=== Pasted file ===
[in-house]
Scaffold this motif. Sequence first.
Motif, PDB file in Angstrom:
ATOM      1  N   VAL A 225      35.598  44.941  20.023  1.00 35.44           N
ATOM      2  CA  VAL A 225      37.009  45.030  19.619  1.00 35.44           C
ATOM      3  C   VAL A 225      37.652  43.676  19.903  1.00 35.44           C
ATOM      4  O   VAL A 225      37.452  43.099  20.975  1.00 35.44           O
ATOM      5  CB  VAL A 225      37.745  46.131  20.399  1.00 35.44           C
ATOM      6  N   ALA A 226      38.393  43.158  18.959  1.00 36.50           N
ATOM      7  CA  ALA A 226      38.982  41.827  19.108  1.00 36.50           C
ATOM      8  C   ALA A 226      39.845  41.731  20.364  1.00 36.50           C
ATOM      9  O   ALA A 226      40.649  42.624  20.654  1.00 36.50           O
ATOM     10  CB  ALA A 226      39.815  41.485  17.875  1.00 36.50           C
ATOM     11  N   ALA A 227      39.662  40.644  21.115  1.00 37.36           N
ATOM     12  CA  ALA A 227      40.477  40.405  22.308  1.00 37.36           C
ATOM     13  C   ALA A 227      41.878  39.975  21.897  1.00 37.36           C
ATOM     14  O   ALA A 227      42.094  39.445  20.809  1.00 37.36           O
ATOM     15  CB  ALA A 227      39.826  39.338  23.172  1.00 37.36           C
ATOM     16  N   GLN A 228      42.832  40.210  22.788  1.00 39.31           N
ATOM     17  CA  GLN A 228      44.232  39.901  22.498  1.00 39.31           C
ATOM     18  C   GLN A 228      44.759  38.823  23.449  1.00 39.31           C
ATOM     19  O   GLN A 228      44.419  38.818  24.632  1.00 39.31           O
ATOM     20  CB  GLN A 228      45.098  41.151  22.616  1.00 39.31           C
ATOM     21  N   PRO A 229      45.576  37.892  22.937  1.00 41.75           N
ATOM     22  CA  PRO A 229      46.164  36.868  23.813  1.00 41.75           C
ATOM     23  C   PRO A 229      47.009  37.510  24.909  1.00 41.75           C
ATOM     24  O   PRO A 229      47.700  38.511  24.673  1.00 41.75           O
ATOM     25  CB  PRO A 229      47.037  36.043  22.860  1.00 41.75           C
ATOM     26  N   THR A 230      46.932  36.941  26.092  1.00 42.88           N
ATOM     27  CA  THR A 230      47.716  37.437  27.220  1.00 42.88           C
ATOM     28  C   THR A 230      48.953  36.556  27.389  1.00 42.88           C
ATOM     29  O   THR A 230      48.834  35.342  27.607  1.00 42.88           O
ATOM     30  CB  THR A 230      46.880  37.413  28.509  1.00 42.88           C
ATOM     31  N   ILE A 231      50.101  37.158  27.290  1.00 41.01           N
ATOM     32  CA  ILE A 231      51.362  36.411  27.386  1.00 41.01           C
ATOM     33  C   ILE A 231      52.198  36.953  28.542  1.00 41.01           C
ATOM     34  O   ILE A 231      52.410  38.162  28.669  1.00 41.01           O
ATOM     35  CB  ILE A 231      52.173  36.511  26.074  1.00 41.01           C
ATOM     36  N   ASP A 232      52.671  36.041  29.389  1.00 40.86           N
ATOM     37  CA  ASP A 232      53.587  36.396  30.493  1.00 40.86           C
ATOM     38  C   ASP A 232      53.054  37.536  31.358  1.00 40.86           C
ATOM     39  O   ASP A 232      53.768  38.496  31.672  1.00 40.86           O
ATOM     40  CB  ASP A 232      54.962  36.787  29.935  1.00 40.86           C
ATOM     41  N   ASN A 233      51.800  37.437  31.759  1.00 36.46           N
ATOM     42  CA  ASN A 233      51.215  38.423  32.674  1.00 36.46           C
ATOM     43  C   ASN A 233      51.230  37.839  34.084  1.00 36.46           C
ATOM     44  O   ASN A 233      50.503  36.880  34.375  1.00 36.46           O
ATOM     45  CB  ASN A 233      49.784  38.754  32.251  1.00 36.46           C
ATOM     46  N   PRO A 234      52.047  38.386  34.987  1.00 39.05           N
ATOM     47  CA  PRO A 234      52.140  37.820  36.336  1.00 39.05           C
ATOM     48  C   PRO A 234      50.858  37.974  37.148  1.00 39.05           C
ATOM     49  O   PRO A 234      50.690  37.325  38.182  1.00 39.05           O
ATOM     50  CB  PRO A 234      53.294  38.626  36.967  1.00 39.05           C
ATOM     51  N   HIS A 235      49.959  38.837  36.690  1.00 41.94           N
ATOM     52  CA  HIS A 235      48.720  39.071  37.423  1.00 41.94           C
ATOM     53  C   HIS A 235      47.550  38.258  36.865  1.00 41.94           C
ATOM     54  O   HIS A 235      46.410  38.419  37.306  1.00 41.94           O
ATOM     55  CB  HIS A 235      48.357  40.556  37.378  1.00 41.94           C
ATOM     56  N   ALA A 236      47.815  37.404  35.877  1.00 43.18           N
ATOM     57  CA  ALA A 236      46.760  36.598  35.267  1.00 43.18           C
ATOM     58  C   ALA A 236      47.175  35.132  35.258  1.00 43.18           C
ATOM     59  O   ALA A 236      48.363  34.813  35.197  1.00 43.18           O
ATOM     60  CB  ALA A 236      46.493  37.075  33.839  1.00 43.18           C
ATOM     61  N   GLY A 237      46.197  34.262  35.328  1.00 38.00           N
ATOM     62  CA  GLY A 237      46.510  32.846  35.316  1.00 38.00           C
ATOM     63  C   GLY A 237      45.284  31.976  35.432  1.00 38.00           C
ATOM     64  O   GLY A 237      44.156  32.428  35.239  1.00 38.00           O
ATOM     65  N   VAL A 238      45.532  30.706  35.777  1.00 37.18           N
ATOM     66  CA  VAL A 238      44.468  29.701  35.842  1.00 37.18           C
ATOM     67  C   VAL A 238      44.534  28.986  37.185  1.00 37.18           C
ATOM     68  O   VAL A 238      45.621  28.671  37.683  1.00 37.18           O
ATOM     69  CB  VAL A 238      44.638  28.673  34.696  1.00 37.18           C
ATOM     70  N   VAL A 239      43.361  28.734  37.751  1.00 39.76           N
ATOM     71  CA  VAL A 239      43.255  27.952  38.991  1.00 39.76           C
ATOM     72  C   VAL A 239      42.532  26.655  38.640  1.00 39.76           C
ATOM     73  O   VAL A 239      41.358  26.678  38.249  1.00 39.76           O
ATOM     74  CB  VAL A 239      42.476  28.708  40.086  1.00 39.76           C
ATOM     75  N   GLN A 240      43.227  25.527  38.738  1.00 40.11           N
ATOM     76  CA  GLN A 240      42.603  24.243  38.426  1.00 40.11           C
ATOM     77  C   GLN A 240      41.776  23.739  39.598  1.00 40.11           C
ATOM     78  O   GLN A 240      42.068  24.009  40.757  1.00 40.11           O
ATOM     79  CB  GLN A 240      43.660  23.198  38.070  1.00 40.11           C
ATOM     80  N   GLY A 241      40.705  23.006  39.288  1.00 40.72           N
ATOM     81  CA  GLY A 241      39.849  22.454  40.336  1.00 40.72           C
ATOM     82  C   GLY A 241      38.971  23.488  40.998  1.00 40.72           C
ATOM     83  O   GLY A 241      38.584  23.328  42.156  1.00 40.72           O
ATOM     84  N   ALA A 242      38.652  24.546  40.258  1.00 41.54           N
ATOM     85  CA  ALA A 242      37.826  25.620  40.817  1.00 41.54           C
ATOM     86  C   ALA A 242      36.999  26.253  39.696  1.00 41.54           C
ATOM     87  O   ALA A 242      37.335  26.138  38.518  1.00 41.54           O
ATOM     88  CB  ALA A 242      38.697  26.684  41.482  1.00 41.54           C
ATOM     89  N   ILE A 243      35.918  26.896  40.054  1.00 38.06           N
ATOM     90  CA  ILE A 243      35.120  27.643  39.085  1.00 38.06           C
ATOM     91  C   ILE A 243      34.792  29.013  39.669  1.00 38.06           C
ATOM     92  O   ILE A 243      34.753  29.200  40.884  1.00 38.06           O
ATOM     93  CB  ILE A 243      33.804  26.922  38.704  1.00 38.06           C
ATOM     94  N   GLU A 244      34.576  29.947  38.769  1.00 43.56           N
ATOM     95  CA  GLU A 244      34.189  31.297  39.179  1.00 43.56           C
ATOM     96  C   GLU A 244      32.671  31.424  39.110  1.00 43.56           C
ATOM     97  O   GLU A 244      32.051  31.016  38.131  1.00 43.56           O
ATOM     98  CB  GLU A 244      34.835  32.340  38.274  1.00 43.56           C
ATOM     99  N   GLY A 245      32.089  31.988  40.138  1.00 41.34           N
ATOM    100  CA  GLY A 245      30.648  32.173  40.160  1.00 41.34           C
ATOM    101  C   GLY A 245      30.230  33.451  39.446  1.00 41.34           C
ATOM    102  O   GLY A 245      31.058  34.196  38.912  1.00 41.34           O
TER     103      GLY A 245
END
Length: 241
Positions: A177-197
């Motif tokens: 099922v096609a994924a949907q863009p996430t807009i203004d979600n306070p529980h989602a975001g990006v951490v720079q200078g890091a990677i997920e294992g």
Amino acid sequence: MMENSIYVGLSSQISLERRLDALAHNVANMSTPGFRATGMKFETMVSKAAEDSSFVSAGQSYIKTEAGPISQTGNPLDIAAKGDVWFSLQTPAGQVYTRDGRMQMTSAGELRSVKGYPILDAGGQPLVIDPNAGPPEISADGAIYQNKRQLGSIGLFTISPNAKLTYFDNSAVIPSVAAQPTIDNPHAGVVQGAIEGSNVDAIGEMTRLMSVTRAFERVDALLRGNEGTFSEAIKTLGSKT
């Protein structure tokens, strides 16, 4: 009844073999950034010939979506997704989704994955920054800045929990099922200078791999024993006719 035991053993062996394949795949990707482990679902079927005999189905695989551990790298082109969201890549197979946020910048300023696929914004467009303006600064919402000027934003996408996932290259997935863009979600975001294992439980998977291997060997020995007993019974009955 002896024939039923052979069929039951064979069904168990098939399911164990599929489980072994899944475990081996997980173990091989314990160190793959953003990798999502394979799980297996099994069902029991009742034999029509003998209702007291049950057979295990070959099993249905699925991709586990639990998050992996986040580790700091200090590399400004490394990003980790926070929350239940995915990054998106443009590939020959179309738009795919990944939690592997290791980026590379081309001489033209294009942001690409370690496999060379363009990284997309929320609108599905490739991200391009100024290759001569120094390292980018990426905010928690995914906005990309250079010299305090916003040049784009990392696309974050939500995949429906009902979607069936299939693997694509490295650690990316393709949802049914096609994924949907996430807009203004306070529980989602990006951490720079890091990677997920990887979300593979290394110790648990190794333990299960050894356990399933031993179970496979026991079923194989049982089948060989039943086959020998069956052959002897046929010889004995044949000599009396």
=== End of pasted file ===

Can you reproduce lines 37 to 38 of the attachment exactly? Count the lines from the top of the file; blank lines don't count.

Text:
ATOM     34  O   ILE A 231      52.410  38.162  28.669  1.00 41.01           O
ATOM     35  CB  ILE A 231      52.173  36.511  26.074  1.00 41.01           C